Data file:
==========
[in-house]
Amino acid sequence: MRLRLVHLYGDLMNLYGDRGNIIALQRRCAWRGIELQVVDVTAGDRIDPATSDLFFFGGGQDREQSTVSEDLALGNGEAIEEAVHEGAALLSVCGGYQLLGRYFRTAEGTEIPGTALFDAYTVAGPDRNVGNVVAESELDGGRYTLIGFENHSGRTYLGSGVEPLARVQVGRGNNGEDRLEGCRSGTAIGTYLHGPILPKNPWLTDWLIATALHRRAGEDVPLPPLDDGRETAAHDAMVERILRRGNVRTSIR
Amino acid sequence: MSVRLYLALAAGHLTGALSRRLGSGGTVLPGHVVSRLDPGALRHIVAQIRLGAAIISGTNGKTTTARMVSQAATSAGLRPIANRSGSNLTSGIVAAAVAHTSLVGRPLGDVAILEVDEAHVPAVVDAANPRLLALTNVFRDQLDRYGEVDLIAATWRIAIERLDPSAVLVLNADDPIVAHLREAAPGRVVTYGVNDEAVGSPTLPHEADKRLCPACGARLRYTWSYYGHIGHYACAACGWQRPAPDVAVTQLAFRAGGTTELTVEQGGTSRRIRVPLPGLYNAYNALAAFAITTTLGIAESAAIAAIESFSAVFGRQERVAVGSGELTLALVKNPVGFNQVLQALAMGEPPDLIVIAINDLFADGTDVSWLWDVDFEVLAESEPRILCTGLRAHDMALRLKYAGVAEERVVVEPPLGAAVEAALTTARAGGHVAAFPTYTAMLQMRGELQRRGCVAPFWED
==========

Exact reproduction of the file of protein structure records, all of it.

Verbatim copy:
[in-house]
Amino acid sequence: MRLRLVHLYGDLMNLYGDRGNIIALQRRCAWRGIELQVVDVTAGDRIDPATSDLFFFGGGQDREQSTVSEDLALGNGEAIEEAVHEGAALLSVCGGYQLLGRYFRTAEGTEIPGTALFDAYTVAGPDRNVGNVVAESELDGGRYTLIGFENHSGRTYLGSGVEPLARVQVGRGNNGEDRLEGCRSGTAIGTYLHGPILPKNPWLTDWLIATALHRRAGEDVPLPPLDDGRETAAHDAMVERILRRGNVRTSIR
Amino acid sequence: MSVRLYLALAAGHLTGALSRRLGSGGTVLPGHVVSRLDPGALRHIVAQIRLGAAIISGTNGKTTTARMVSQAATSAGLRPIANRSGSNLTSGIVAAAVAHTSLVGRPLGDVAILEVDEAHVPAVVDAANPRLLALTNVFRDQLDRYGEVDLIAATWRIAIERLDPSAVLVLNADDPIVAHLREAAPGRVVTYGVNDEAVGSPTLPHEADKRLCPACGARLRYTWSYYGHIGHYACAACGWQRPAPDVAVTQLAFRAGGTTELTVEQGGTSRRIRVPLPGLYNAYNALAAFAITTTLGIAESAAIAAIESFSAVFGRQERVAVGSGELTLALVKNPVGFNQVLQALAMGEPPDLIVIAINDLFADGTDVSWLWDVDFEVLAESEPRILCTGLRAHDMALRLKYAGVAEERVVVEPPLGAAVEAALTTARAGGHVAAFPTYTAMLQMRGELQRRGCVAPFWED